A poll released Thursday shows that most California voters say a state property tax law should be changed so business and commercial properties are always assessed when they are transferred or sold — a move that will increase tax burdens on businesses.

  • April 17, 2014

    Mass. Lawmakers Approve $12.6B Transportation Bond Bill

    The Massachusetts Senate unanimously approved a $12.6 billion transportation bond bill Thursday, paving the way for financing major expansion projects including the Green Line extension to Medford, a South Coast commuter rail link and the expansion of Boston’s South Station.

  • April 17, 2014

    ACA Sign-Ups Hit 8M In Win For Health Care Industry

    President Barack Obama announced Thursday that 8 million Americans found private health insurance during the Affordable Care Act’s first open enrollment period, a big win for drugmakers, insurers and hospitals that helped bankroll the law and ended up with more new customers than most expected.

  • April 17, 2014

    US, EU May Expand Russian Sanctions

    As U.S. and European Union officials meet with their Ukrainian and Russian counterparts to ease the region's ongoing tension this week, momentum is building on both sides of the Atlantic to again expand sanctions on Russia, with EU lawmakers putting the nation's energy sector in their crosshairs.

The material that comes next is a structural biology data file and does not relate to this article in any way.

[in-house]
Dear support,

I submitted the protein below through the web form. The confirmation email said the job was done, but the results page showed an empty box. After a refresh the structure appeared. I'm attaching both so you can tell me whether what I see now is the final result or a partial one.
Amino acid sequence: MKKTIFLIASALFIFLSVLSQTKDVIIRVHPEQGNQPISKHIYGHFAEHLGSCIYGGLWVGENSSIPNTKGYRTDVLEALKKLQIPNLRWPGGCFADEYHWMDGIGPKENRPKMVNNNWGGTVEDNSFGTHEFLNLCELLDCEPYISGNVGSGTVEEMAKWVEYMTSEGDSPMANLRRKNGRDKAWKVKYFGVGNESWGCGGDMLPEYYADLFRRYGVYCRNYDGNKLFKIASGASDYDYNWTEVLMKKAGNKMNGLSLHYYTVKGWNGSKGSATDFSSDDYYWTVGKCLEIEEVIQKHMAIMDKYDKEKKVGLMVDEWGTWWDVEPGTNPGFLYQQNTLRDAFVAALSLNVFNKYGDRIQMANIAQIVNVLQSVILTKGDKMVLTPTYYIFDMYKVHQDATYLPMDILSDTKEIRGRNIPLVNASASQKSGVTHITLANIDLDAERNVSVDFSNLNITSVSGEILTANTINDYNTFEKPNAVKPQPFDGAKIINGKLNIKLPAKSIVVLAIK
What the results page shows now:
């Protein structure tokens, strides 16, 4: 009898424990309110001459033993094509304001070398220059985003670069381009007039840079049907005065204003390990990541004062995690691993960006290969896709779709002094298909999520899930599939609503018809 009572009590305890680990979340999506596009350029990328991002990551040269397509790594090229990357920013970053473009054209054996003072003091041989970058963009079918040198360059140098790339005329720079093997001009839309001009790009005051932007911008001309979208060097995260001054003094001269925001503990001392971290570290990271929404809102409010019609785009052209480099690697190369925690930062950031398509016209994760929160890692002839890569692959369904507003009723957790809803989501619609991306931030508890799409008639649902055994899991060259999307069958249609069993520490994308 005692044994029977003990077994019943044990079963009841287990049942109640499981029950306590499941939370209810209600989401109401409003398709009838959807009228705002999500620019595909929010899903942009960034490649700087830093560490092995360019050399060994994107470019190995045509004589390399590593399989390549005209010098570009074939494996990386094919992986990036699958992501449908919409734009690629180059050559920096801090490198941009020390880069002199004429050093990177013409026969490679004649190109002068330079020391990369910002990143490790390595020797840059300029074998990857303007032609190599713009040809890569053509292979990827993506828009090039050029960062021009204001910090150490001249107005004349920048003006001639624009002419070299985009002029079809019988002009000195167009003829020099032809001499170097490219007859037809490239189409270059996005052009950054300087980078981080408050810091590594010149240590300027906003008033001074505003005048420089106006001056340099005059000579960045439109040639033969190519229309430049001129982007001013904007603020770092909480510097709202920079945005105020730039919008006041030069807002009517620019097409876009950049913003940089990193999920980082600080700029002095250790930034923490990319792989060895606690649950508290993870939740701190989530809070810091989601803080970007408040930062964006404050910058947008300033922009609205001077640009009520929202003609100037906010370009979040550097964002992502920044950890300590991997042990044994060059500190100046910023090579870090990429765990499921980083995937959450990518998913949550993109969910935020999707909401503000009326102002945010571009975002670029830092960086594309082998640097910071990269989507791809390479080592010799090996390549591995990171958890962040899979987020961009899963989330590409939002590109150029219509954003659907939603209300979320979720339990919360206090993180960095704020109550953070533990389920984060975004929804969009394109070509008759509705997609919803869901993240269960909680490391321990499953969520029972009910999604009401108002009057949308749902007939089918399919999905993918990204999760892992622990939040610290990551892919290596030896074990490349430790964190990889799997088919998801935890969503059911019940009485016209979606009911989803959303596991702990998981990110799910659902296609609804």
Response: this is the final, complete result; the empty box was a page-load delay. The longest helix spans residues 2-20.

• April 17, 2014

    Vt. Senate OKs Controversial GMO Labeling Measure

    Vermont edged closer to becoming the first state to require mandatory labels on genetically modified food when its Senate approved a labeling bill Wednesday in the absence of a binding rule from federal regulators on the controversial foods.

  • April 17, 2014

    SEC Unveils Layout For Cybersecurity Examinations

    The U.S. Securities and Exchange Commission has outlined a plan to conduct a series of examinations of Wall Street firms in order to assess their readiness to prevent and respond to attacks on cybersecurity, according to documents released Wednesday.

Expert Analysis

  • 'Venting And Flaring' Rule May Spur EPA Regs On Methane

    Luke D. Johnson

    While the Bureau of Land Management's venting and flaring rule may be focused on the government's possible loss of resources from the energy industry's use of public land, the U.S. Environmental Protection Agency can be expected to focus more directly on methane itself. Potential regulations should be on the industry's radar, whether suppliers are operating on federal land or not, says Luke Johnson, a policy director with Brownstein Hyatt Farber Schreck LLP and former BLM deputy director for policy and programs.